If you’re looking for proof of how thorough security is on the streets of Japan, take a look…below, to small children with brightly colored hats and backpacks. Locals in Japan often allow their children as young as 4 to ride to school or run errands unsupervised.

The social trust that parents have in Japanese society to keep their children safe should inspire confidence in even the most skeptical tourists.

For a trip that combines ancient Eastern traditions, modern city life, and tranquility, head to Japan.

traveling woman in temple in japan


You can feel at ease experiencing a taste of Asia through one of the safest and most exclusive destinations in the world, Singapore.

Singapore is the third safest city and the ninth safest country in the world (Singapore is a city, a nation and a state all rolled into one). Like Japan, Singapore is classified as a Tier 1 safe destination by the US Department of State.

You may have heard that it is illegal to chew gum in Singapore. could you No I’ve heard that drug and violent crimes often carry the death penalty or that having an unauthorized weapon means 10 years in prison and a literal beating.

Singapore laws are strict and meticulously enforced. People know that if you commit a crime, however small, you will be caught and sentenced. There’s no such thing as going easy here.

With such harsh laws and penalties, it’s no wonder no one thinks it’s worth swiping a tourist’s iPhone.

view of singapore airport waterfall

This legal system may seem radical to foreigners, but it has allowed Singapore to succeed in maintaining near-zero crime rates that protect locals and tourists alike.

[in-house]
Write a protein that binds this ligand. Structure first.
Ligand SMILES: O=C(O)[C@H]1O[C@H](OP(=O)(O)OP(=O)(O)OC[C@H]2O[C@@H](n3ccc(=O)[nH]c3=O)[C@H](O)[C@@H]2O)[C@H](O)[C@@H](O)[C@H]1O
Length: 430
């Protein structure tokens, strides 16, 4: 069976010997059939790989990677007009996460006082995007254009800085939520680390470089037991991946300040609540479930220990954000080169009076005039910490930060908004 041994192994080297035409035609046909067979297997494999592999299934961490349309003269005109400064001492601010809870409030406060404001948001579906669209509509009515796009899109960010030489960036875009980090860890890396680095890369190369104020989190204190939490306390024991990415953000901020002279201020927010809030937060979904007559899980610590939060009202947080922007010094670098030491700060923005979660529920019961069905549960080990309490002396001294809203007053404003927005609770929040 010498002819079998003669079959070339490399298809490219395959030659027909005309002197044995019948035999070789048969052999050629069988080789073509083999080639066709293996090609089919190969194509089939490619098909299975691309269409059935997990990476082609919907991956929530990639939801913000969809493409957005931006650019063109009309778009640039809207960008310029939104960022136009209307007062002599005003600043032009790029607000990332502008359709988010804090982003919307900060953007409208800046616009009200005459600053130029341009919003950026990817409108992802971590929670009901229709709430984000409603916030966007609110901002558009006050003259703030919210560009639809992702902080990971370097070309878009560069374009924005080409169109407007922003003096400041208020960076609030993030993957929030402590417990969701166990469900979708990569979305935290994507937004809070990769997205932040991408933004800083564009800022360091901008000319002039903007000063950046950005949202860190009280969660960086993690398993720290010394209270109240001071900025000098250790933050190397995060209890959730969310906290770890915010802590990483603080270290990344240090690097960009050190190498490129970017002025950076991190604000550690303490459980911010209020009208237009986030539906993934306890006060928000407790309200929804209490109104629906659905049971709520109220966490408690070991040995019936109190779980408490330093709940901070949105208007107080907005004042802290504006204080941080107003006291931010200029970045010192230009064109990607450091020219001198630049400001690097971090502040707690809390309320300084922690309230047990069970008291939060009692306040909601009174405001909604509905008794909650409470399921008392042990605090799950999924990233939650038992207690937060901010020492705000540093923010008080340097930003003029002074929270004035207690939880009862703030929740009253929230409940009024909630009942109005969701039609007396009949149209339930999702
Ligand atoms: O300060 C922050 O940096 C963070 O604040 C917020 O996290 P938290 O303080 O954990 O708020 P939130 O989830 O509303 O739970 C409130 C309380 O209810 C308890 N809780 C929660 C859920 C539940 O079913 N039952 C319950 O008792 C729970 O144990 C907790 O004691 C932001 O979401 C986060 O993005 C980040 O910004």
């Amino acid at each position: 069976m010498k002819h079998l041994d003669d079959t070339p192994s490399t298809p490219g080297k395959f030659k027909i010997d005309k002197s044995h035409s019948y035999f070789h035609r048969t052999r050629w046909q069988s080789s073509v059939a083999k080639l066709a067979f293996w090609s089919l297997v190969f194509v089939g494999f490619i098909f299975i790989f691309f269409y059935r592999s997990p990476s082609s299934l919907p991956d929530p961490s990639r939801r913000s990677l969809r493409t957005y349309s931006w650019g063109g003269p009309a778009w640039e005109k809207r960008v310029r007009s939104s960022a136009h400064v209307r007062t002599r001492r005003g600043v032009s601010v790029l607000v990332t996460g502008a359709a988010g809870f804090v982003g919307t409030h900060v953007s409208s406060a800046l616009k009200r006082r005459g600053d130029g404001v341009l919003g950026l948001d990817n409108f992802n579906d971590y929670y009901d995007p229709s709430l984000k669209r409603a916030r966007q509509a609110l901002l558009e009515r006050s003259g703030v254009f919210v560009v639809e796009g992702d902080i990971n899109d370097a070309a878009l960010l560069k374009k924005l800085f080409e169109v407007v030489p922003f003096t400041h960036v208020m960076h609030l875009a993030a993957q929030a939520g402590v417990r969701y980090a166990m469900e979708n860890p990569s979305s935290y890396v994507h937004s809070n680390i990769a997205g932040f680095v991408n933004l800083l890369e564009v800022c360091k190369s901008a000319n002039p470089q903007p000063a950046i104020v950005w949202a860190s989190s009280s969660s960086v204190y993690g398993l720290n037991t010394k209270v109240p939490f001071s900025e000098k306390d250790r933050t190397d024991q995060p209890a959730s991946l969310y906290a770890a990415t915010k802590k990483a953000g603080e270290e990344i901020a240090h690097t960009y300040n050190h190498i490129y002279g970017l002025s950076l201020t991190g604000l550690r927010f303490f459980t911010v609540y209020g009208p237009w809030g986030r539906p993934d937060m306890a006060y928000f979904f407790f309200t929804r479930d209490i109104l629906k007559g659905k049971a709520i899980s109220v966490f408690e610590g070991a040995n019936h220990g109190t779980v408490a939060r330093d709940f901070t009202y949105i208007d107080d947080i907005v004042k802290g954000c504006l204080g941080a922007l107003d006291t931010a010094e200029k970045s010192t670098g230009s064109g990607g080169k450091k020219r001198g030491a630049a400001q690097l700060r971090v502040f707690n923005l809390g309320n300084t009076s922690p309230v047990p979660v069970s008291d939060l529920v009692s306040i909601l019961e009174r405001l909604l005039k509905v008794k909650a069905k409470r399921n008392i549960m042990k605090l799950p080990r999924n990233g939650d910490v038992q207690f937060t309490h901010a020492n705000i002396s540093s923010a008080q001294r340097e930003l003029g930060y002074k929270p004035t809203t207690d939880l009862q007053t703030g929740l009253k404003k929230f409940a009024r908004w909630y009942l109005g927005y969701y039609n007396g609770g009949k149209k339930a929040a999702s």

Since Singaporeans have full faith in their legal system, they also do not hesitate to speak up when they see potential danger. Tourists can rely on help from the locals in the unlikely event of a sticky situation.

It’s almost statistically impossible to experience even minor theft on your trip to Singapore, let alone serious jeopardy.

The biggest threat you face in Garden City is probably overeating Singapore’s delicious array of global dishes. hawker centers.

In fact, the delicious fusion of Malay, Indian and Chinese flavors was life-changing enough to have prompted Anthony Bourdain to once ask: if the trade-off is a « utopian city-state » with food like this, « is it overrated? » freedom of expression?

Old painted terraced residential building in Chinatown, Singapore.


For a safe Asian destination that combines pristine beaches, lush jungles, and fascinating cities, look no further than Malaysia.

Malaysia is the third safest country in Asia and one of the 20 safest countries in the world, according to the Global Peace Index. The US Department of State has also deemed Malaysia a Tier 1 safe destination.

The capital, Kuala Lumpur, is the sixth safest city in Asia. It maintains a higher ranking than most cities in the US and Europe and has recently seen a big investment pay off in its trending status with digital nomads.

With the exception of the eastern state of Sabah, far from major attractions and off the beaten track of most travelers, Malaysia is an exceptionally safe option in Southeast Asia. Tourists may be surprised to hear that it consistently ranks higher in safety than Thailand, both at the national and city levels.

Kuala Lumpur Malaysia Skyline

Like its neighbor Singapore, Malaysia has fairly strict laws, especially related to violence, drugs, and indecency.

With a local proverb like « He who has learned to steal must learn to hang, » it’s no wonder tourists don’t have to worry too much about pickpockets here.

While often overshadowed by neighboring Singapore and Thailand, Malaysia has a lot to offer travelers, including tranquility.

Tourists can feel safe marveling at the stunning natural beauty of the world’s oldest rainforest, climbing into the world’s largest cave, or doing a bit of urban exploration around the world’s tallest twin towers. If that’s not enough, there are hundreds of tropical islands and countless dishes of nasi lemak to fuel your carefree Malaysian adventure.

Dayang Bunting Island, Malaysia

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This article originally appeared on TravelOffPath.com